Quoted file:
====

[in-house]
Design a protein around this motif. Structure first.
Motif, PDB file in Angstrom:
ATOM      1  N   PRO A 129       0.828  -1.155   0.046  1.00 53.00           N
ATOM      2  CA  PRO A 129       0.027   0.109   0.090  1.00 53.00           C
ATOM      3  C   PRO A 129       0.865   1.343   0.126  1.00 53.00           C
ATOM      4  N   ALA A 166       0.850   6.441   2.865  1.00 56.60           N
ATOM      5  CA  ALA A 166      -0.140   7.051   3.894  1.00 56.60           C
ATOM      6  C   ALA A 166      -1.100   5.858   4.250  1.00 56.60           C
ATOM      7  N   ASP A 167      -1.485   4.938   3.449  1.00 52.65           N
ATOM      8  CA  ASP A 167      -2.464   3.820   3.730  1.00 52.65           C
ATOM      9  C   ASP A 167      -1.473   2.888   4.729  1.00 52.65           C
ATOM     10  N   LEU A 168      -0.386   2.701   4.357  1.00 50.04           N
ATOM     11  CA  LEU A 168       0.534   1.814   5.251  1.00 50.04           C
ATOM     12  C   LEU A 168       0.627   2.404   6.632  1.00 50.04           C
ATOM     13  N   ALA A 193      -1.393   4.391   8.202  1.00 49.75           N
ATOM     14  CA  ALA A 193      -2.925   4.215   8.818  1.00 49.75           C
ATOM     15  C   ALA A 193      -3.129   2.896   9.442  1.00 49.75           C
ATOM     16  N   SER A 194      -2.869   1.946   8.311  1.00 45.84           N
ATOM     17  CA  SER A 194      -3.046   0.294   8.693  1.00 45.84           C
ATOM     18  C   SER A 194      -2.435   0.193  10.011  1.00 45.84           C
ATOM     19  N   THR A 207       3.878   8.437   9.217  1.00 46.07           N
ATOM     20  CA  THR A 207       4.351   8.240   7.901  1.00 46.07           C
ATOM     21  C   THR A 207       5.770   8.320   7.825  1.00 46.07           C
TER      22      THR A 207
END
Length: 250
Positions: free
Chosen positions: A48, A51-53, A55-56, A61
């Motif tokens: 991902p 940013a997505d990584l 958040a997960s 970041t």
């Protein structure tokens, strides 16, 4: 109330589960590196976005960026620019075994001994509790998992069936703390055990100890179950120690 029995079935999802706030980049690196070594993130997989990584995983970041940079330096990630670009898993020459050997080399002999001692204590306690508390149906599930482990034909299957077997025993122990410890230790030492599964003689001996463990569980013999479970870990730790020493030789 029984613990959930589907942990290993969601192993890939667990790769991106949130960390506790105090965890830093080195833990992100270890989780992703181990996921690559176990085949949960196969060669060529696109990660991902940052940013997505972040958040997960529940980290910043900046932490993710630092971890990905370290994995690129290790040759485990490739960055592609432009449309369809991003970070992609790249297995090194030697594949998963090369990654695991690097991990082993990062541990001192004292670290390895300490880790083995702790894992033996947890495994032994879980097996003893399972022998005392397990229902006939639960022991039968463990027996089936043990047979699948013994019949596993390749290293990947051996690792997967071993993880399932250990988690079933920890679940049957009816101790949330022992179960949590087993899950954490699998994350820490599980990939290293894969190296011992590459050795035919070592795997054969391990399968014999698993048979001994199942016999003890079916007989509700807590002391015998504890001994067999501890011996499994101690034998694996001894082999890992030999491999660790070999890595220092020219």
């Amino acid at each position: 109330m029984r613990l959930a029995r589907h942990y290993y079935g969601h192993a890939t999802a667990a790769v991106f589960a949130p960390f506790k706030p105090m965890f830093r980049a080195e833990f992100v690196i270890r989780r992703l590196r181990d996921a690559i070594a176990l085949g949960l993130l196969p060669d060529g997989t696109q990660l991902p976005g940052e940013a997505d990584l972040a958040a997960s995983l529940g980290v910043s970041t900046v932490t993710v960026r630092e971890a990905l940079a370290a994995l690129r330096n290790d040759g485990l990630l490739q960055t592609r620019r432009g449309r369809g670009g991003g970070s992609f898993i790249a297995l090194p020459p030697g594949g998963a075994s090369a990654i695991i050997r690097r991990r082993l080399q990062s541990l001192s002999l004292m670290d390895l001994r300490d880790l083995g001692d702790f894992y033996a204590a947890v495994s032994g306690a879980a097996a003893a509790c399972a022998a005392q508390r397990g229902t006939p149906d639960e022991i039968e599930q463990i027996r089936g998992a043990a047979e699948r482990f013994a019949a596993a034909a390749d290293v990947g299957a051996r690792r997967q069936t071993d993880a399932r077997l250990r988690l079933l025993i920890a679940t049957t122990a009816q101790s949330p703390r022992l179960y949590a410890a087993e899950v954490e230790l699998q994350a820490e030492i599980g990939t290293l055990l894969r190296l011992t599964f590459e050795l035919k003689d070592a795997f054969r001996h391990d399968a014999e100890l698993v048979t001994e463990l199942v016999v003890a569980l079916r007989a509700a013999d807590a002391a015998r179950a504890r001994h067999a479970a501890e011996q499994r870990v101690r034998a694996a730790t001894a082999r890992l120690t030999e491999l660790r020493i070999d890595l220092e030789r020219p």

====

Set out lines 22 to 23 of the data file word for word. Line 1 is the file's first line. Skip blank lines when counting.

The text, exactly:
ATOM     19  N   THR A 207       3.878   8.437   9.217  1.00 46.07           N
ATOM     20  CA  THR A 207       4.351   8.240   7.901  1.00 46.07           C